Update April 8, 7:25 a.m. PT — Williams says Pinterest “didn’t make the change for a revenue decision. We did it because people activated better and got more value from Pinterest.”

Ever had services like Yelp and Pinterest mercilessly boot you off their mobile site and force you to download a native app whether you want it or not?

Pinterest’s product lead for growth, Casey Winters, can tell you why that happens because he’s “the asshole that makes Pinterest do that,” as Winters himself put it at VentureBeat’s Mobile Summit conference.

Winters’ argument is pretty simple: After an A-B test, “you can basically see where you get more engaged users and more revenue over time.” Defying the logic of some incredibly frustrated users, Winters found that aggressively promoting Pinterest’s native app and limiting the mobile site’s functionality for some users ultimately left the social network with more loyal users and thus, more money.

Here’s the explanation Winters shared at the event, trimmed just a bit for clarity:

So, I want to talk to you guys about the mobile equation — or, the mobile Web to app handoff and tradeoff. So, Mike [Ghaffary, Eat24’s CEO] talked about knowing that customers of his company are 10x more valuable than they are on the Web. How do they know that? They know that because of their mobile equation.

But before I get into that, I want to ask a question: How many of you have gone to a mobile website only to get a full-page ad that says to download an app instead? [hands raise] How many times did that piss you off? Okay, well I’m the asshole that makes Pinterest do that. The reason I can do that is because I know the answer to our mobile equation.

What the mobile equation asks is simply: What’s going to make me more money, or make my company have more engaged users? Pushing someone to use the mobile Web experience I created, or to go further and try to get them to download that app?

And, there’s a really easy way to do that: You just do an A-B test. Some people come to your mobile website, you tell them to download the mobile app, and you don’t allow the mobile Web. And for some people, you just go through the mobile Web experience. And you cohort those users, you can basically see where you get more engaged users and more revenue over time. So we did that experiment at Pinterest. And what we found is similar to Yelp, that, even though we had way less users download the app than go through the mobile Web experience, they had activated at a 3x higher rate.

So, that’s a pretty easy experiment, right? But there’s a lot of complicating factors here. It depends on how good your current mobile Web experience is. It depends on how good your current mobile app is. It also depends on how good your sign up flow on your mobile app is. And lastly, it depends on how good your actual app interstitial is. We did this mobile equation and said: “Okay, well we activated at 3x the rate, but what that actually means when you get that decreased conversion is that a mobile app user is worth 1.2, versus a mobile Web user who is worth 1. So, once we learned this, we said “how can we make that equation bigger for us?”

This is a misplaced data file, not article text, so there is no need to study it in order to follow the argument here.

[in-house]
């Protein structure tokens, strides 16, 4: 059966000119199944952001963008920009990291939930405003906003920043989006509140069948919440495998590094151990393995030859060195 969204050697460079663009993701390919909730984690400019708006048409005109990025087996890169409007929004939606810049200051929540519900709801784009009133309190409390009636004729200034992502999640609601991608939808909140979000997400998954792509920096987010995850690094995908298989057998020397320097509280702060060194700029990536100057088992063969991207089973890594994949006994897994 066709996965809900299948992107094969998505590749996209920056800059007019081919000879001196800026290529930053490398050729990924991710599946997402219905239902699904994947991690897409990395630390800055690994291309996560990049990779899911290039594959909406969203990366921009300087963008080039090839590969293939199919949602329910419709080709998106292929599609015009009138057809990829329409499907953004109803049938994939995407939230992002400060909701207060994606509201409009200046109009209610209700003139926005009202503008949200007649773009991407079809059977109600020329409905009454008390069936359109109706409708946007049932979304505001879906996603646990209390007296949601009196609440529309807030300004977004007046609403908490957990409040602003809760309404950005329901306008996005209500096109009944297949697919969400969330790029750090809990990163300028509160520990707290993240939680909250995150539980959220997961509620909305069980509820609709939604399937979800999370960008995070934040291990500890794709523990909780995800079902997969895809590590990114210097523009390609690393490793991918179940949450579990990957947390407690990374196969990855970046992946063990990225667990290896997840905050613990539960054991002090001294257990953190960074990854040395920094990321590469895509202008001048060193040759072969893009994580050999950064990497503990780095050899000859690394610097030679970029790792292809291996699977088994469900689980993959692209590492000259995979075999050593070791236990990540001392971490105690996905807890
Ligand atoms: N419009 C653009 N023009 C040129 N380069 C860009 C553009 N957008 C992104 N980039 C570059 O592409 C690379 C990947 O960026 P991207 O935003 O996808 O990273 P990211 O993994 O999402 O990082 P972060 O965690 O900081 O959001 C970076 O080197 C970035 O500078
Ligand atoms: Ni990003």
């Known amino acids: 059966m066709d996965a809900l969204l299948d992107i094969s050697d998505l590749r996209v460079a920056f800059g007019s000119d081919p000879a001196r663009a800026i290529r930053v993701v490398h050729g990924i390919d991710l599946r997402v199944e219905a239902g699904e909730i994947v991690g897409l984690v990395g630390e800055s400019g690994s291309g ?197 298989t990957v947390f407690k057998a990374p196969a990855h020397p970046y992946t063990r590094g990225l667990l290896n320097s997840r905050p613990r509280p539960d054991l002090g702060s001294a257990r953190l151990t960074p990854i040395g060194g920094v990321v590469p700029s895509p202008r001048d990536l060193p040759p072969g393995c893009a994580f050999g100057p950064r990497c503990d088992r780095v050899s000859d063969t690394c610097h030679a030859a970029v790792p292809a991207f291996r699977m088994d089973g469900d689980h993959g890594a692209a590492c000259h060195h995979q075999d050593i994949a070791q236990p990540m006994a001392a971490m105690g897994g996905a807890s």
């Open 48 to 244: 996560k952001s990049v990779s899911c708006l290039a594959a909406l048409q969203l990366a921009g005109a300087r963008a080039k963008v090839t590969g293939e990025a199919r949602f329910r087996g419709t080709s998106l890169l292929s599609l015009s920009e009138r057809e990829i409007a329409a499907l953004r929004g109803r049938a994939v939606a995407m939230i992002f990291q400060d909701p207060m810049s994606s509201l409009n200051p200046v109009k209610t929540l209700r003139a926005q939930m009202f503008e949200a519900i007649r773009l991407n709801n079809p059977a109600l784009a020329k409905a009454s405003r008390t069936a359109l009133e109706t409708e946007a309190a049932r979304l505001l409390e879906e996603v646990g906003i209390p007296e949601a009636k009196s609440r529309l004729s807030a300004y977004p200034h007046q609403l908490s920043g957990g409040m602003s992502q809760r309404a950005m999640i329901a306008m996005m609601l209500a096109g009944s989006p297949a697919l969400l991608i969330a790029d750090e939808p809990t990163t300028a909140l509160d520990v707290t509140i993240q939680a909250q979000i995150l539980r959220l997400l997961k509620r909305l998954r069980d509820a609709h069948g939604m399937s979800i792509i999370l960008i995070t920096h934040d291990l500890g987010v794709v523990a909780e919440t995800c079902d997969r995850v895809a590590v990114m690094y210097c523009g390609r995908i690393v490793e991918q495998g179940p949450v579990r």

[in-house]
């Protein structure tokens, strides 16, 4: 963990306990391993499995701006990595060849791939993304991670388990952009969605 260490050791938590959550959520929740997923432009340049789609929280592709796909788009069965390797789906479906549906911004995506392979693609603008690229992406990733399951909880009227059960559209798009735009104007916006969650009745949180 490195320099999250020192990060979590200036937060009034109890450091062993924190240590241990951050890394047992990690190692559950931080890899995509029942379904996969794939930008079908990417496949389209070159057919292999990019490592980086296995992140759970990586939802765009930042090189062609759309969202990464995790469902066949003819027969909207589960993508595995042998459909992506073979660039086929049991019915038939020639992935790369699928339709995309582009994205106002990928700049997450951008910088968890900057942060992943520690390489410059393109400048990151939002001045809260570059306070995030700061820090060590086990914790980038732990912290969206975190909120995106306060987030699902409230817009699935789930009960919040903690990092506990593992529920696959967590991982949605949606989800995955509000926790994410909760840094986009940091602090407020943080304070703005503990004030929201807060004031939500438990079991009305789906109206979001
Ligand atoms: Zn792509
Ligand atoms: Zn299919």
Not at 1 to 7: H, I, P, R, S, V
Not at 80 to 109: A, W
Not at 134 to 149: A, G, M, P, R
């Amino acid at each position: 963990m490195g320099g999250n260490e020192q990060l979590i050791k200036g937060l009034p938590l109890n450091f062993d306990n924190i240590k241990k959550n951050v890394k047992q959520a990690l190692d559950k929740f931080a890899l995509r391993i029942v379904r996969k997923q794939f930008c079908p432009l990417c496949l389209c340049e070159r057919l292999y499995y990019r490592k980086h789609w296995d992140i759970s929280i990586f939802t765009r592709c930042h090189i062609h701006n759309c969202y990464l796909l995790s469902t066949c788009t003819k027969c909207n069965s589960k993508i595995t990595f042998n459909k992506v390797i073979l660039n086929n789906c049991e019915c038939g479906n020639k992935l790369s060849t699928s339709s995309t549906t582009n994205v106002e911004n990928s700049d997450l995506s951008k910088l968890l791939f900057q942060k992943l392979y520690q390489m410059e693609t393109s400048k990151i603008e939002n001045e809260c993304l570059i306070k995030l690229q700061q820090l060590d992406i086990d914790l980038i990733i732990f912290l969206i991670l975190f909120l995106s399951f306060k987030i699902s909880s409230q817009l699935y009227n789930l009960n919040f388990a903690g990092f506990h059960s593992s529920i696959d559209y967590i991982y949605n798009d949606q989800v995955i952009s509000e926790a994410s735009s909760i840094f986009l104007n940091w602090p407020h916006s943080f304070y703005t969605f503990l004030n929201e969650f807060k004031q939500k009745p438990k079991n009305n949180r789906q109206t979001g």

So we took every step of that funnel and we just tried to improve it. So we did probably 15 iterations on a mobile app interstitial, increasing the conversion rate to the mobile app every time, almost. We also took a look at how could we optimize our mobile sign up flow. If people are landing from something specific on mobile Web — like they’re coming from SEO — can we show them that level of specificity as soon as we show them the app instead of going through a generic sign up form? All of these things increased mobile app conversion, which increased our mobile equation, tilting toward the mobile app.

If some of you are dependent on Google as a source of traffic, you’ll probably be aware that they’ve announced that if you have a mobile app interstitial, you’ll no longer be considered “mobile-friendly.” And what that means is long-term they will probably rank you lower on mobile. So, what we were able to find is that we could just make our interstitial a header which you could scroll right past, and see the content, and that fits within Google’s guidelines. It’s maybe skirting around it, but it fits within their guidelines today… The next thing we did is maybe going a little bit further is, if you click on anything on the mobile website, we will actually take you to Google Play or the App Store to get that download. And, that also gives us more information about what you care about when you open that mobile app for the first time.

…When you look at the process of downloading an app, it takes time. People go and do other things. So what we did, once we took you to the App Store or Google Play, is we reloaded your browser with a reminder that you went to go download the app. So it says, “Thank you for checking out the Pinterest app, click here to sign in.” That also increased the benefits of the mobile app for us.

Another thing that you need to think about, if you’re looking at your mobile equation, is it might be different in different landing pages. It might be different in different countries. We find that in Germany, the mobile equation is totally different…

You can answer the question right now if it’s better to optimize for a mobile app experience or a mobile Web experience. You don’t have to take it as strategic — you don’t have to take it on faith that this is where the company is going. So, a couple of things to remind yourself … learn your mobile equation, do that experiment, figure out every step of that flow, and see if you can optimize it to improve it…